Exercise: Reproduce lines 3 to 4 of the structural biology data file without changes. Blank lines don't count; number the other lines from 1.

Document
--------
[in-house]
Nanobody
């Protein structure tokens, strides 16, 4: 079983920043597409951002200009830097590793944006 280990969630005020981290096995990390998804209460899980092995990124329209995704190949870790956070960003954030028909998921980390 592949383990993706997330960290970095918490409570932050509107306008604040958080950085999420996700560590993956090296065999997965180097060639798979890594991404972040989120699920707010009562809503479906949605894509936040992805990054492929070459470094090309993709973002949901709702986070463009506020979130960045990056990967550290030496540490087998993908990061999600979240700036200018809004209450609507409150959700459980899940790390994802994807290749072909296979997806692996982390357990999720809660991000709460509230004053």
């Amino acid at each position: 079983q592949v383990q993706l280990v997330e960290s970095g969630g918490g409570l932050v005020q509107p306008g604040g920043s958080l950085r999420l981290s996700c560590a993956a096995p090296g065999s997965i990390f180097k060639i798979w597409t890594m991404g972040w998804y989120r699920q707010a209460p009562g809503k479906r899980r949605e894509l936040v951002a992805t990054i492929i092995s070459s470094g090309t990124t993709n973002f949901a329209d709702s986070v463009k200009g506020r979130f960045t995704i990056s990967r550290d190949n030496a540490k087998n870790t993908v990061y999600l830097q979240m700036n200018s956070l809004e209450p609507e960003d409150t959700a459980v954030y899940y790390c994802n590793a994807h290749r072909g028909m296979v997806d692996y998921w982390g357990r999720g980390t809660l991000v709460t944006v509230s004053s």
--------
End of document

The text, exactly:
């Protein structure tokens, strides 16, 4: 079983920043597409951002200009830097590793944006 280990969630005020981290096995990390998804209460899980092995990124329209995704190949870790956070960003954030028909998921980390 592949383990993706997330960290970095918490409570932050509107306008604040958080950085999420996700560590993956090296065999997965180097060639798979890594991404972040989120699920707010009562809503479906949605894509936040992805990054492929070459470094090309993709973002949901709702986070463009506020979130960045990056990967550290030496540490087998993908990061999600979240700036200018809004209450609507409150959700459980899940790390994802994807290749072909296979997806692996982390357990999720809660991000709460509230004053």
């Amino acid at each position: 079983q592949v383990q993706l280990v997330e960290s970095g969630g918490g409570l932050v005020q509107p306008g604040g920043s958080l950085r999420l981290s996700c560590a993956a096995p090296g065999s997965i990390f180097k060639i798979w597409t890594m991404g972040w998804y989120r699920q707010a209460p009562g809503k479906r899980r949605e894509l936040v951002a992805t990054i492929i092995s070459s470094g090309t990124t993709n973002f949901a329209d709702s986070v463009k200009g506020r979130f960045t995704i990056s990967r550290d190949n030496a540490k087998n870790t993908v990061y999600l830097q979240m700036n200018s956070l809004e209450p609507e960003d409150t959700a459980v954030y899940y790390c994802n590793a994807h290749r072909g028909m296979v997806d692996y998921w982390g357990r999720g980390t809660l991000v709460t944006v509230s004053s």